A cough is the most obvious reason for thinking that there is something wrong with your health. It is a reflex that tries to expel harmful things from your throat and lungs that is also triggered by illness. People usually associate a cough with a cold or an infection, but many don’t realize that it may also be a symptom of postnasal drip caused by allergies. Can allergies cause coughing? Of course they can, so before seeking a day off, let’s try to determine if your symptoms are caused by an infection or a bad allergy day.
How Can Allergies Cause Coughing?
If your immune system is sensitized to its environment, you will experience allergic symptoms that describe your body’s immune system trying to get rid of something. Sometimes, a response to an allergen may lead to systemic inflammation and excess mucus
production in your respiratory system.
This is why your body needs to cough — to get rid of all the mucus that’s blocking your lungs.
Different types of allergens may make your immune system release chemicals into the sinuses that make them swell and create mucous. You might experience post-nasal drip that may tickle your throat and cause a chronic cough. (1)
This type of coughing reaction may be long-term and lead to allergic asthma. Due to all the stressful coughing, your airways will thicken, making it hard for air to pass through. In this case, mucous isn’t the problem any more, you are still coughing, but what’s blocking your airways is actually the tightened muscles.
This leads to more irritation and more coughing.
Is it a Cold or an Allergy?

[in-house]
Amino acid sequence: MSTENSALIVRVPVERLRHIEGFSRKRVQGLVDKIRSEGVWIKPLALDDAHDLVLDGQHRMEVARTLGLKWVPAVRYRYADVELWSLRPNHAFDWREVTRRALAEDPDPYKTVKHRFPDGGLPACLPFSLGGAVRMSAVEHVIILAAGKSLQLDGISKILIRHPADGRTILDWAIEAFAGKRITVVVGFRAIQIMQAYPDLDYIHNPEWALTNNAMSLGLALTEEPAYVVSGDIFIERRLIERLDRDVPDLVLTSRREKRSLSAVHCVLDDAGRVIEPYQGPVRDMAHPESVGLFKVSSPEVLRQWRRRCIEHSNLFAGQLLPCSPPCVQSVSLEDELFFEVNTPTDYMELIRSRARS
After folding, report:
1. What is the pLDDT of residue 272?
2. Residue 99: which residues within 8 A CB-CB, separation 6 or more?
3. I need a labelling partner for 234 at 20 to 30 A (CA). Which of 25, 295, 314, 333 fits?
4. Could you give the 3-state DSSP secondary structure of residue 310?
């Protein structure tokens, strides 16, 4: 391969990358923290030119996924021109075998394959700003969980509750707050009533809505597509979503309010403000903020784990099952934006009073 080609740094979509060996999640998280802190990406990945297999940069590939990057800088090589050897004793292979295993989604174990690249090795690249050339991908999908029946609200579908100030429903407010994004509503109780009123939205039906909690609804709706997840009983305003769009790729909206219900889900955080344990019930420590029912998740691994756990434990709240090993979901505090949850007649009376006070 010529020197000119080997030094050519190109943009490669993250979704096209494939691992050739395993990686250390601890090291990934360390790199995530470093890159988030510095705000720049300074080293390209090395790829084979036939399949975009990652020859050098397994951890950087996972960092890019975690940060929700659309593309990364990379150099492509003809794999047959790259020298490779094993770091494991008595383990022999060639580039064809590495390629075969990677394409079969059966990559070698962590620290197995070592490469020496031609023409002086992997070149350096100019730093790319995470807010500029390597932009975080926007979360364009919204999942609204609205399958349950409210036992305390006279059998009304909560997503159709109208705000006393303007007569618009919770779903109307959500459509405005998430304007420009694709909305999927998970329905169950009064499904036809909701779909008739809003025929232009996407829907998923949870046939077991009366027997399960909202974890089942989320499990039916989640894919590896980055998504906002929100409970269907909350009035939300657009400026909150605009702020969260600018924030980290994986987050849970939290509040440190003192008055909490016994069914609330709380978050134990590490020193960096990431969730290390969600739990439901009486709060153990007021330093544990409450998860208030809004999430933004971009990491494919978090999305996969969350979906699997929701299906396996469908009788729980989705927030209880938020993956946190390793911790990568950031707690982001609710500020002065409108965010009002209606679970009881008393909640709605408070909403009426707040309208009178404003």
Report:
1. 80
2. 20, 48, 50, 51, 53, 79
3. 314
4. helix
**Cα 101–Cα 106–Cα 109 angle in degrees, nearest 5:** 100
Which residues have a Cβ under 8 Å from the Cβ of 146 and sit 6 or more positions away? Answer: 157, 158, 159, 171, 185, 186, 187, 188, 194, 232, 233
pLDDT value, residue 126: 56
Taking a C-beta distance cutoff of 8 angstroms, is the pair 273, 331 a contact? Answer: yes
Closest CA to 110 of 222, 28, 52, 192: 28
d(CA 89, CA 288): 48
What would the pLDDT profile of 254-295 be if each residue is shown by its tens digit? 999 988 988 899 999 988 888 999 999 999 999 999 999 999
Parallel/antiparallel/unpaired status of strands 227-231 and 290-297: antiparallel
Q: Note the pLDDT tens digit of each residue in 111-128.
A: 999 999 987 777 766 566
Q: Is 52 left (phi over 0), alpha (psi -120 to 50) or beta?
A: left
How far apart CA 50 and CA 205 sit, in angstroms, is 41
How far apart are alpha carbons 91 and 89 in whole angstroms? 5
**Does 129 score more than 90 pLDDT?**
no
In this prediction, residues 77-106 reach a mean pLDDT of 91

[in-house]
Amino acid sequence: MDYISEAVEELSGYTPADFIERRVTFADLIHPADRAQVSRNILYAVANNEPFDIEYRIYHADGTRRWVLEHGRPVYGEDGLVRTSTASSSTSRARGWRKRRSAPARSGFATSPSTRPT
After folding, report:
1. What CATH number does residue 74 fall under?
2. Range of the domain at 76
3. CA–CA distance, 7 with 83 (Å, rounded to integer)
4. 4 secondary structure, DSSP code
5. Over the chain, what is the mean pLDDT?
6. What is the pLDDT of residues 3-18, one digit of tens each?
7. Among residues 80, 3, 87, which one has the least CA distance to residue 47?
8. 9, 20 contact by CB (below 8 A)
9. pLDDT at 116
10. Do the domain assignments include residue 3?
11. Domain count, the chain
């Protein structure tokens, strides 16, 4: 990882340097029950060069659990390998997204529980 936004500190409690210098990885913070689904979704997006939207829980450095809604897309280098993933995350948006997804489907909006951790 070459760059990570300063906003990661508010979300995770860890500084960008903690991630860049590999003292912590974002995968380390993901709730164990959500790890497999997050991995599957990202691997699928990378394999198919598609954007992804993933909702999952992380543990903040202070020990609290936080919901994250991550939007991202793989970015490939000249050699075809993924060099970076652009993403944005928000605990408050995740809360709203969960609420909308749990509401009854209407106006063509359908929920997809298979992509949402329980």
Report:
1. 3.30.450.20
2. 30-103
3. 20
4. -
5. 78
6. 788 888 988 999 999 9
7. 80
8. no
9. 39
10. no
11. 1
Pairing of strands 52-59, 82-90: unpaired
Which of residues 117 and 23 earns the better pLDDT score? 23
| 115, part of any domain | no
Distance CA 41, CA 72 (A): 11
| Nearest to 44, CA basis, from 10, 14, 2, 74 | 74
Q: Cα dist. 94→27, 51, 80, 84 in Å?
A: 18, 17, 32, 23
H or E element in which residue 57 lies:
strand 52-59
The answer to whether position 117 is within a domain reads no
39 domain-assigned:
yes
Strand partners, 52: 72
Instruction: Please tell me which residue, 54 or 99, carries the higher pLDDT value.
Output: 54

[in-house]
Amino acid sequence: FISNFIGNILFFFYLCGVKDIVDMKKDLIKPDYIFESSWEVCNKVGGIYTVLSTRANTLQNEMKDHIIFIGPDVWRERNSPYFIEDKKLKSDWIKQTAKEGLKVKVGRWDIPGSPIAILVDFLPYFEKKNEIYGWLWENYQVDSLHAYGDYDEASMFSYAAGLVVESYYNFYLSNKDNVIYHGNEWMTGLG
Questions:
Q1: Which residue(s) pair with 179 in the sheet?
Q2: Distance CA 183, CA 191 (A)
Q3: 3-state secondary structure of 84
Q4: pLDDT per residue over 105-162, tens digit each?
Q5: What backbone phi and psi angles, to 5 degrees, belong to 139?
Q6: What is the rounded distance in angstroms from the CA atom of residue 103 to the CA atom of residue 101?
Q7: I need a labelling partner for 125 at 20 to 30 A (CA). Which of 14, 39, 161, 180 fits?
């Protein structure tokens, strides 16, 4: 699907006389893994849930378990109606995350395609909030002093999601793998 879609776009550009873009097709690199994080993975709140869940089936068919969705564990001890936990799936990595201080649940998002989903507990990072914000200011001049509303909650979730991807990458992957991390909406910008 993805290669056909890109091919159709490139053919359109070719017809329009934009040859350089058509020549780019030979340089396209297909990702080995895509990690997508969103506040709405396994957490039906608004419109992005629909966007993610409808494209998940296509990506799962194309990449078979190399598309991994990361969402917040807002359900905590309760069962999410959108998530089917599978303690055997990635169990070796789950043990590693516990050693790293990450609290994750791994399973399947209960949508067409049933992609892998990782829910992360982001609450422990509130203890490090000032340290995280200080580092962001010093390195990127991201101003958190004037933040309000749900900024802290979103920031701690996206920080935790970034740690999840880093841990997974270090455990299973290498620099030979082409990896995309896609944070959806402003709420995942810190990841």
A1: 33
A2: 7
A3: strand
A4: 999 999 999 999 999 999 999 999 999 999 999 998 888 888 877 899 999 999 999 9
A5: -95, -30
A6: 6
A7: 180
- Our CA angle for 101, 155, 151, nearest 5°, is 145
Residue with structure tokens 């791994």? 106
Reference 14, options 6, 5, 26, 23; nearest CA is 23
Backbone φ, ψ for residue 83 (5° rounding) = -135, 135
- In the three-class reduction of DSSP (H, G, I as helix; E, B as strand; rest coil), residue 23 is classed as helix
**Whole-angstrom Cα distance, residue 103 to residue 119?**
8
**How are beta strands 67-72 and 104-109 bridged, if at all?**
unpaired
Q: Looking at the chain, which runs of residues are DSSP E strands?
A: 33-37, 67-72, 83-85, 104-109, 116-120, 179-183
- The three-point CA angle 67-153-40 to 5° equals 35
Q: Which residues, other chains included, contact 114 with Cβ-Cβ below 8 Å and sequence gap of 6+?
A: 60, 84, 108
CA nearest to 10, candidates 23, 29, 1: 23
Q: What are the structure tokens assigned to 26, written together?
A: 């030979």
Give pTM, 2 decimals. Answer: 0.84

A throat-irritating cough is the most common symptom of a cold, but it is also a symptom of chronic allergic reaction. There are some clear differences between the two that you should know to determine what would be best for treating your cough.
Difference Between Colds and Allergies
A cold is caused by one virus of over 100 different strains that could cause the common cold. The symptoms and severity will vary, but they are generally very similar.
Here are the most recognizable features of a cold:
- Colds can be transmitted through the air by coughing or sneezing. Hand touching is also a mode of transmission.
- The most notable symptoms are cough, sore throat, congestion and a runny nose.
- Sneezing and itchiness are not common symptoms.
- Severe symptoms include fever and muscle aches.
- The illness usually subsides within a few days.
- It is possible that a cold may turn into an infection, but this is rare.
- Children may get them more often due to less developed immune systems.
An allergy has nothing to do with a pathogen or an infection. Rather, it is a reaction of the immune system to substances or proteins that it recognizes as an invader. The body will release chemicals like histamine that promote inflammation to fight the suspected invader. (2)
Some key features of allergies include:
- Most common symptoms are sneezing, congestion and nasal drip. These are similar to a cold.
- Having a sore throat from allergies is not common but may be caused by irritation of the airways from coughing due to postnasal drip.
- Allergic reaction can cause a rash or itchiness.
- You will not experience fevers or body aches with an allergy.
- Pollen from trees, weeds or grass
- Animal dander
The most notable way to tell if you have a cold or allergy symptoms is the duration of its course. A cold will go away in a few days, but allergies can last all year. Of course you can catch one cold after another, but this is not likely.
Other Causes of Coughing
If you have a chronic cough lasting longer than a month and you don’t think it is caused by allergies, then there are other reasons why you may be coughing. Other symptoms that may occur along with a cough include:
- Runny nose
- Postnasal drip
- Sore throat
- Throat itchiness
- Heartburn and foul taste in the mouth